See full article at Indiewire »

‘Suburbicon’ First Look: Coen Brothers and George Clooney Reunite For A Very Dark Oscar Contender

  • Indiewire
‘Suburbicon’ First Look: Coen Brothers and George Clooney Reunite For A Very Dark Oscar Contender
Fall film festival season is right around the corner, and included in today’s Toronto International Film Festival lineup is George Clooney’s “Suburbicon,” which marks his sixth directorial effort. The film is written by the Coen Brothers, marking a reunion of sorts after the three worked on “O Brother, Where Art Thou?,” “Intolerable Cruelty,” and “Hail, Caesar!” The cast includes Matt Damon, Julianne Moore and Oscar Isaac.

Read More: Tiff Reveals First Slate of 2017 Titles, Including ‘The Shape of Water,’ ‘Downsizing,’ and ‘Call Me By Your Name

The synopsis from Paramount Pictures reads: “‘Suburbicon’ is a peaceful, idyllic suburban community with affordable homes and manicured lawns… the perfect place to raise a family, and in the summer of 1959, the Lodge family is doing just that. But the tranquil surface masks a disturbing reality, as husband and father Gardner Lodge (Matt Damon) must navigate the town’s dark underbelly of betrayal,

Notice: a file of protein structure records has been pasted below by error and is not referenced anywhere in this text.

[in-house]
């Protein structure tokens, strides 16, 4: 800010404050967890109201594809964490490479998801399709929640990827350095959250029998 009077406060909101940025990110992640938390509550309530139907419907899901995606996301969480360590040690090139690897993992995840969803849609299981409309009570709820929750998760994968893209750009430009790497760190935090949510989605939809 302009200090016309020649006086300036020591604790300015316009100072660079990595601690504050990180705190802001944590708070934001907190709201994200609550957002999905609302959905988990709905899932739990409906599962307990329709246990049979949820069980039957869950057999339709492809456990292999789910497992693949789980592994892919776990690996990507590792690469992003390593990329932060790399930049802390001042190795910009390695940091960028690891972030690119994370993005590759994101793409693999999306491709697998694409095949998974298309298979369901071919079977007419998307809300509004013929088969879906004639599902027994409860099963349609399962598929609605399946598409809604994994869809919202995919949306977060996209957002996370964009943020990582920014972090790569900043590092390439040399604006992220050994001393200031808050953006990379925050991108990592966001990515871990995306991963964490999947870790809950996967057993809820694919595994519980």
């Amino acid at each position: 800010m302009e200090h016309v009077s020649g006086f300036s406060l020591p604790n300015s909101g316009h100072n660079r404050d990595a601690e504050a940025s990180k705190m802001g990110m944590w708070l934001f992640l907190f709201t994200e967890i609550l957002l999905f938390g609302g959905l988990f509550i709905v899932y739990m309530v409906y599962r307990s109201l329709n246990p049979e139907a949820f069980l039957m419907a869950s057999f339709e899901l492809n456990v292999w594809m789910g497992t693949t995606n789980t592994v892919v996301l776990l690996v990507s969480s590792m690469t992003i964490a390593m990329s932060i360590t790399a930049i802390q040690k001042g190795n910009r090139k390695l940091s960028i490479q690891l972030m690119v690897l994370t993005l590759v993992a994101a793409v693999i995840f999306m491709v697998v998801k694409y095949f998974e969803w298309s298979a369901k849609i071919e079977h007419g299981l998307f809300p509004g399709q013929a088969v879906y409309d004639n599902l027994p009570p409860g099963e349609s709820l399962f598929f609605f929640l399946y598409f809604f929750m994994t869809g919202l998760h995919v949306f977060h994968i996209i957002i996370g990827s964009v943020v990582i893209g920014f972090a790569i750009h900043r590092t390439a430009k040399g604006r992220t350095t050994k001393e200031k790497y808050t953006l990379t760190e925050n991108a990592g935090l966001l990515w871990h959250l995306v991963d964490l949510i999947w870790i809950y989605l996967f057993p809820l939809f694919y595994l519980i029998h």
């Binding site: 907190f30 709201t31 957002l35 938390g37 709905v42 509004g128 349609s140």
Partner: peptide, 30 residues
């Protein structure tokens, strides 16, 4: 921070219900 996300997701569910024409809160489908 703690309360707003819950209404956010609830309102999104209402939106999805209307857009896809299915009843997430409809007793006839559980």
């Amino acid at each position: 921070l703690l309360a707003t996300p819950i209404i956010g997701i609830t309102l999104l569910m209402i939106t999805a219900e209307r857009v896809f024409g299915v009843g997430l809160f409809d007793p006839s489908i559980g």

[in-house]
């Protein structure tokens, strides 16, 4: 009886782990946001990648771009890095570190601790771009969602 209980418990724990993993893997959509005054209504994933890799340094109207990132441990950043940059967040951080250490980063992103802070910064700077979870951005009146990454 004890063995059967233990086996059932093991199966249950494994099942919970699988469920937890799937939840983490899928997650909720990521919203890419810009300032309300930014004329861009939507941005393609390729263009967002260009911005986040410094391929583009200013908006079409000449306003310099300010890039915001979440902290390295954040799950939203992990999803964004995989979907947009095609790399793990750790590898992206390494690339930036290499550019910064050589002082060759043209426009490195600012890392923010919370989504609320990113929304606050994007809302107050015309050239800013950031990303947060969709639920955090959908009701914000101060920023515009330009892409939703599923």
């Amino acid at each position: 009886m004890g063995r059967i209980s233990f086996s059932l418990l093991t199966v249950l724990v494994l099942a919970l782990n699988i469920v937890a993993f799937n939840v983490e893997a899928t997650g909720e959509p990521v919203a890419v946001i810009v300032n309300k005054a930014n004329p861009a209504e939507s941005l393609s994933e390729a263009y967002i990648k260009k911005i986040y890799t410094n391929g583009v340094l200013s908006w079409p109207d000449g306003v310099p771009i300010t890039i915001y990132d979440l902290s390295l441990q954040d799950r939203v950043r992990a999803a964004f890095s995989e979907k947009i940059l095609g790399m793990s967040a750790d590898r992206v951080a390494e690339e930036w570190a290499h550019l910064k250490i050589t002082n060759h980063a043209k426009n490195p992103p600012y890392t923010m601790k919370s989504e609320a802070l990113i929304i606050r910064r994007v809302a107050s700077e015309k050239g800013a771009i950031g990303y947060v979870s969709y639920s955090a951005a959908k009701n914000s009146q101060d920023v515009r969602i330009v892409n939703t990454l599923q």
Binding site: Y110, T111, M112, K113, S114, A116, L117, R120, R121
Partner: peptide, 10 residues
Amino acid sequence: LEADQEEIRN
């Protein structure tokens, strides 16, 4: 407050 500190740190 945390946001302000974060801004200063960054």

See full article at Indiewire »

‘Dunkirk’ Box Office: Why It Stands Little Chance of Breaking War Movie Records

  • Indiewire
‘Dunkirk’ Box Office: Why It Stands Little Chance of Breaking War Movie Records
Christopher Nolan’s World War II retreat-and-rescue epic “Dunkirk” has critical acclaim and is the first 2017 studio film to stand as a serious awards contender. However, it’s unlikely to become a significant player among the top war films at the box office.

Over the last decade, Nolan’s made five films that grossed $200 million-$658 million (adjusted domestic). However, while war films can still draw big numbers (Clint Eastwood’s 2014’s “American Sniper” earned $381 million, domestic adjusted), Nolan’s movie may be hampered by history.

Read More‘Dunkirk’: How Christopher Nolan Maintained Secrecy on His Set